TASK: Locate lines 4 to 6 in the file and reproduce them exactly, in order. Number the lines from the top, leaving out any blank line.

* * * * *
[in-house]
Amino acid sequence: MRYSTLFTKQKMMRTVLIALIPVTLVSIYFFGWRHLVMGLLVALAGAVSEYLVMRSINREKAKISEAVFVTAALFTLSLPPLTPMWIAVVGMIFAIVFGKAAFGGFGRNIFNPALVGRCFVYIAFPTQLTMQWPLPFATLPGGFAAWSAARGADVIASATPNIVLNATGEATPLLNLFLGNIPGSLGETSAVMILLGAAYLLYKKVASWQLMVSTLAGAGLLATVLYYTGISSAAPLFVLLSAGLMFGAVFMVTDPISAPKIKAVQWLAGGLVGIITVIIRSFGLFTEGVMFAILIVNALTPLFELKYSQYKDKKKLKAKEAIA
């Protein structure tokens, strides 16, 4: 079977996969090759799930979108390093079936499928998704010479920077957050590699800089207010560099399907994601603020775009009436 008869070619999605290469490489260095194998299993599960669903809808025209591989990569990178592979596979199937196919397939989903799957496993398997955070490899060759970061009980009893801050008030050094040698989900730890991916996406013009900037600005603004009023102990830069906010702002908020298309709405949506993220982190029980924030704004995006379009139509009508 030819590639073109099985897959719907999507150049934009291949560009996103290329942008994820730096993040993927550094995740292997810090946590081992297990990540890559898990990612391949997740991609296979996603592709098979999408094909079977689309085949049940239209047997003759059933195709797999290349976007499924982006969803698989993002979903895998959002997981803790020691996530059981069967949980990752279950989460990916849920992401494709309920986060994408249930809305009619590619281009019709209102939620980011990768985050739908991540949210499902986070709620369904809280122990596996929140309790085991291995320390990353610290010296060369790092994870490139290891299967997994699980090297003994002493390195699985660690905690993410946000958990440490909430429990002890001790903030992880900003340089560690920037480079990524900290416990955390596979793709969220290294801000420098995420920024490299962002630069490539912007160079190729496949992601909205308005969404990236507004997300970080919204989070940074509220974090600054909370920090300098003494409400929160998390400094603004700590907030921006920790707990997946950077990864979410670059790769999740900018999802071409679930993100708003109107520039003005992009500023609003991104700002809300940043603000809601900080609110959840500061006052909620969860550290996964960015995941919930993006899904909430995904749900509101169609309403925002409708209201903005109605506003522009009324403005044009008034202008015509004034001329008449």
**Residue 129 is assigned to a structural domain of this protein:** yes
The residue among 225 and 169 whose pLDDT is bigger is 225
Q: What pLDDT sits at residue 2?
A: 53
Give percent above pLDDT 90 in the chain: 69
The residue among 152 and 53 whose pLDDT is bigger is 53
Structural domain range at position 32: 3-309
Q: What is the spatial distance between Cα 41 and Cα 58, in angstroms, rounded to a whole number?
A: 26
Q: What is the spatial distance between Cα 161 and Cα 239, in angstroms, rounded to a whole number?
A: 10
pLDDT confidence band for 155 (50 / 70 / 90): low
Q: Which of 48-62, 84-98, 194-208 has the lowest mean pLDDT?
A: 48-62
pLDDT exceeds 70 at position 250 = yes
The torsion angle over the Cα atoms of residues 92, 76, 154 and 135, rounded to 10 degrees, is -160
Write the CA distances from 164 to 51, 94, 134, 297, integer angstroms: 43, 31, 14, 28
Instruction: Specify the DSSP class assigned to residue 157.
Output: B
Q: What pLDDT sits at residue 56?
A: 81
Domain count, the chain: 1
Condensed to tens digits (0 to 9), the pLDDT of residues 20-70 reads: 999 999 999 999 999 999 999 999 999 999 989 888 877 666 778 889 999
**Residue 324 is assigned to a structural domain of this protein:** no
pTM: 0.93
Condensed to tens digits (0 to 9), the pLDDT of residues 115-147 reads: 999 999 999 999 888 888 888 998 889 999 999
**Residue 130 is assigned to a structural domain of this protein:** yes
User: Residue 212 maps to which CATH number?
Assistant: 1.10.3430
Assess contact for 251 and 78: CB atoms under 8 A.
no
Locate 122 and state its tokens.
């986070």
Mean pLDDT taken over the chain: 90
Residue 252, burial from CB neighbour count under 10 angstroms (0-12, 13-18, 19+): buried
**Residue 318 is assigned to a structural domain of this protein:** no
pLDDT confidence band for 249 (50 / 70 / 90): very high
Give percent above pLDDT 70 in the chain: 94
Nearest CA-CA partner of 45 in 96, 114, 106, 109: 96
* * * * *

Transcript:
**Residue 129 is assigned to a structural domain of this protein:** yes
The residue among 225 and 169 whose pLDDT is bigger is 225
Q: What pLDDT sits at residue 2?